Talk:George Villiers, 2nd Duke of Buckingham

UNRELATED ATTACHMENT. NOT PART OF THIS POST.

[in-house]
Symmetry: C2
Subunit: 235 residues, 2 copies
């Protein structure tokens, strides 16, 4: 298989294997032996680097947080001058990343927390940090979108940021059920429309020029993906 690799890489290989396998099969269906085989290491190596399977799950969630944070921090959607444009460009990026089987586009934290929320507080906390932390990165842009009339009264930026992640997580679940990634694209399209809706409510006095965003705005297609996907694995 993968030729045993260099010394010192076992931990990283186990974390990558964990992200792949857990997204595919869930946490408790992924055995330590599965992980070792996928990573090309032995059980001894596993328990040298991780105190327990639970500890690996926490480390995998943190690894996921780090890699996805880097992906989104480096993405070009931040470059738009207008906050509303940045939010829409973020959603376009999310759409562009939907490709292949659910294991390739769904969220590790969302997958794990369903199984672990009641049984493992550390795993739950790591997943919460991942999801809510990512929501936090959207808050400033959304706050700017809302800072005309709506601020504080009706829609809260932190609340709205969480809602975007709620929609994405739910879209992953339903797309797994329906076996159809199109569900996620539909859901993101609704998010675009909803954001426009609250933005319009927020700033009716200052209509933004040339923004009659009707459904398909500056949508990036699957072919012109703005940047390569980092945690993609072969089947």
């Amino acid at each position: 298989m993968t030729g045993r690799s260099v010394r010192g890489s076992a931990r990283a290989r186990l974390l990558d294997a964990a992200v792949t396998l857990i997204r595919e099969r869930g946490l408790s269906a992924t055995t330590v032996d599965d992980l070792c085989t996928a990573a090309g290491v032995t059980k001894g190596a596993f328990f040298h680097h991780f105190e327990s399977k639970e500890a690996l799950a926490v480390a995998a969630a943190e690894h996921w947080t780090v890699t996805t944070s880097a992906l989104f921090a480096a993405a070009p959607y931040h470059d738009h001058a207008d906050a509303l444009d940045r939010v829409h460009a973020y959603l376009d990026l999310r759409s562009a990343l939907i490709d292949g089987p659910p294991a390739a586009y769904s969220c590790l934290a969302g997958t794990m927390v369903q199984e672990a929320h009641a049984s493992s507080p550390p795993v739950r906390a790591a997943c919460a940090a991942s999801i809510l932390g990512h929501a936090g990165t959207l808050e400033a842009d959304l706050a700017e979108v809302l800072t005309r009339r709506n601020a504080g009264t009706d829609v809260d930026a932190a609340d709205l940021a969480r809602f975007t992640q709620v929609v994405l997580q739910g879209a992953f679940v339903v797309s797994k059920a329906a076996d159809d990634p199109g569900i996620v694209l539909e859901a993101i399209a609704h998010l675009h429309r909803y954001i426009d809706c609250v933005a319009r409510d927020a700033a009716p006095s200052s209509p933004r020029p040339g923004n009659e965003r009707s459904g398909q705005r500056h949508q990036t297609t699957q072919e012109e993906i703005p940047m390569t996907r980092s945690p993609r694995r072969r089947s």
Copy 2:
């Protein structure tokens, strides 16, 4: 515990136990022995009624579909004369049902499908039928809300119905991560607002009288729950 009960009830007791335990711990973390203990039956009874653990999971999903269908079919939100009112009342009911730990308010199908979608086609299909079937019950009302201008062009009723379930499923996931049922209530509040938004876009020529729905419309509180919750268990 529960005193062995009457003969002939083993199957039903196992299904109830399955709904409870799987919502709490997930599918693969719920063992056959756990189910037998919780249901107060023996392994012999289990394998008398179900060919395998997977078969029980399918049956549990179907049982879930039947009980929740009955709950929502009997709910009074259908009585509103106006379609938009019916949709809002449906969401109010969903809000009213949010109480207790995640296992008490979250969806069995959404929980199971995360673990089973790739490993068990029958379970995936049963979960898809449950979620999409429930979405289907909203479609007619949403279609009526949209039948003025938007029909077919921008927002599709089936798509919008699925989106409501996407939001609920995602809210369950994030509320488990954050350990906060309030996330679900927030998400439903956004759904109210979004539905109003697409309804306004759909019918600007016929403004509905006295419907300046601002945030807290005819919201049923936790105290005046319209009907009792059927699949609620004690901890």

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Hello. the entries for the 1st and 2nd dukes of buckingham (Villiers) are both woefully inaccurate. This is largely because they are based on propoganda and the works of the enemies of the two dukes. For the first Duke, I suggest you read R. Lockyers fine biography which deals with all the witch-hunting and bias of the time around the duke and examines his statesmanship fairly. I am myself writing a biography of the mis-represented and much maligned 2nd duke. I think your quote that his life has been "well and accurately traced " should be removed and replaced with "built on the writing of his ememies and on Hamilton's Gramont memoirs which bear no reality to events at the time." All other biographers have regurgitated these sources so are also way out. (Pope, for example, was not even born at the time of the 2nd Duke, and yet his character of the Duke is given as fact) Dryden was the butt of much of the Duke's wit, and so hated him - hence his own character assasination of the Duke. There is so much wrong with this entry that I don't know where to start, but a few of the major points are: